Pirates of the Atlantic flourished 100 years after traditional end set by historians
To many naval historians, Captain Jack Sparrow, the main character of the popular "Pirates of the Caribbean" movies, may be one of the last pirates of his kind. Many historians have suggested that by the 1730s, naval, imperial and colonial officials had effectively eradicated Sparrow's counterparts in the Atlantic Ocean, thanks to effective policing of the high seas and New World coastlines.
A University of North Texas historian, however, says piracy wasn't eradicated from the Atlantic Ocean until a century later, and was eventually ushered out not by force from the British and U.S. Navies, but through administrative and logistical measures that made piracy less profitable.
Guy Chet, assistant professor of history, is writing a book that he has called "Frontier Violence in the North Atlantic: The Campaign Against Piracy in the Modern State." The book, which he hopes to publish in 2008, will be a follow-up to his 2003 book, "Conquering the American Wilderness: The Triumph of European Warfare in the Colonial Northeast," which debunks several myths of U.S. military tactics and strategy during the years before the War of Independence, including guerilla warfare used by colonial Americans.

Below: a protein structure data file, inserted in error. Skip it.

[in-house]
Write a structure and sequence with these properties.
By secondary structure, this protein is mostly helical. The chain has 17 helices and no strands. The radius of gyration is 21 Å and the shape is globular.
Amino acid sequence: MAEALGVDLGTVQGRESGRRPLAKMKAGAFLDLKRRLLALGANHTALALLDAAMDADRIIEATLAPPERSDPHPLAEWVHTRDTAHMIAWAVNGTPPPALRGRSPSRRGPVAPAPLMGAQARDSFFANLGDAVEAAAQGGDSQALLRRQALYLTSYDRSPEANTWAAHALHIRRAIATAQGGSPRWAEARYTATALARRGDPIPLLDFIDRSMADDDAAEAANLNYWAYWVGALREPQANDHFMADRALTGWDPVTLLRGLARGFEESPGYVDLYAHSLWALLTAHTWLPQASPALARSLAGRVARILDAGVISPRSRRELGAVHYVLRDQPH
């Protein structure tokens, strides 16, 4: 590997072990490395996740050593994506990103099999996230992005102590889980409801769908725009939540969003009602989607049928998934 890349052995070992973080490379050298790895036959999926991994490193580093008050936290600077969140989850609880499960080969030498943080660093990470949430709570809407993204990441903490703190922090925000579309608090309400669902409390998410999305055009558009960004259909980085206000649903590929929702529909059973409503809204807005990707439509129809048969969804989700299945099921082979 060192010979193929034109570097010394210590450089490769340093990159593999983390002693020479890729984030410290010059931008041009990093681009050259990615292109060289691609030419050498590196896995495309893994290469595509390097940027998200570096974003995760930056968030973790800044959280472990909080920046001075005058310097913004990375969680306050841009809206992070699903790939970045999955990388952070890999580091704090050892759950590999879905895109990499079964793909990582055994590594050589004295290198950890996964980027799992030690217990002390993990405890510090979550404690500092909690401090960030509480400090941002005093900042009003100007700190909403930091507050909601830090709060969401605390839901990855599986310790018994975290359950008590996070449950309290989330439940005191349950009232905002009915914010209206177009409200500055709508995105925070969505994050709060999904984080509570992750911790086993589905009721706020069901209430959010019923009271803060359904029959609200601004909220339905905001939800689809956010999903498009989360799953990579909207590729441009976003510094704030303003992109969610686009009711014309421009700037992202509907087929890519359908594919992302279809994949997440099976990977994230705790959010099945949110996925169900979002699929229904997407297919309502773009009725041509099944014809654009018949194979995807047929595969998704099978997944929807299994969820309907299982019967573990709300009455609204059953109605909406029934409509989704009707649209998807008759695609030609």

"The first book was about regular armies and guerillas. This one is about how the Navies dealt with similar challenges at sea - piracy," he says. "When I started to research it, I assumed that, through direct confrontation, the Navies eliminated a number of pirate outfits and scared others into leaving the region."
However, Chet learned that piracy "wasn't frowned upon in polite society."
"Many merchants were either invested in piracy or were themselves pirates," he says.
He points out that most scholars see a transition from an age of piracy, with pirates "acting for their own gain, against the state," to an age of privateering, with "patriotic" merchants being commissioned by the state to engage in commerce raiding.
However, the 18th-century distinction between "illegitimate" piracy and "legitimate" privateering was not universally accepted in Britain itself or in foreign courts, Chet says.
"The legalization of this activity through privateering attracted more individuals to commerce raiding and made the transportation of goods in the Atlantic more risky, as marine insurance rates indicate," he says.
"There also wasn't a stigma on commerce raiding without a privateering commission."
Because the process of "civilizing the Atlantic" by eliminating piracy was much slower than many historians believe, "a different picture of the Atlantic in the 18th century emerges," he says.
"The Atlantic was a wild frontier, with no law and order," Chet says. "Instead of the Navies confronting and attacking the pirates, the U.S. and Britain eliminated the markets for pirated goods as government bureaucracies become more centralized, government service more professional and governmental authority more legitimate."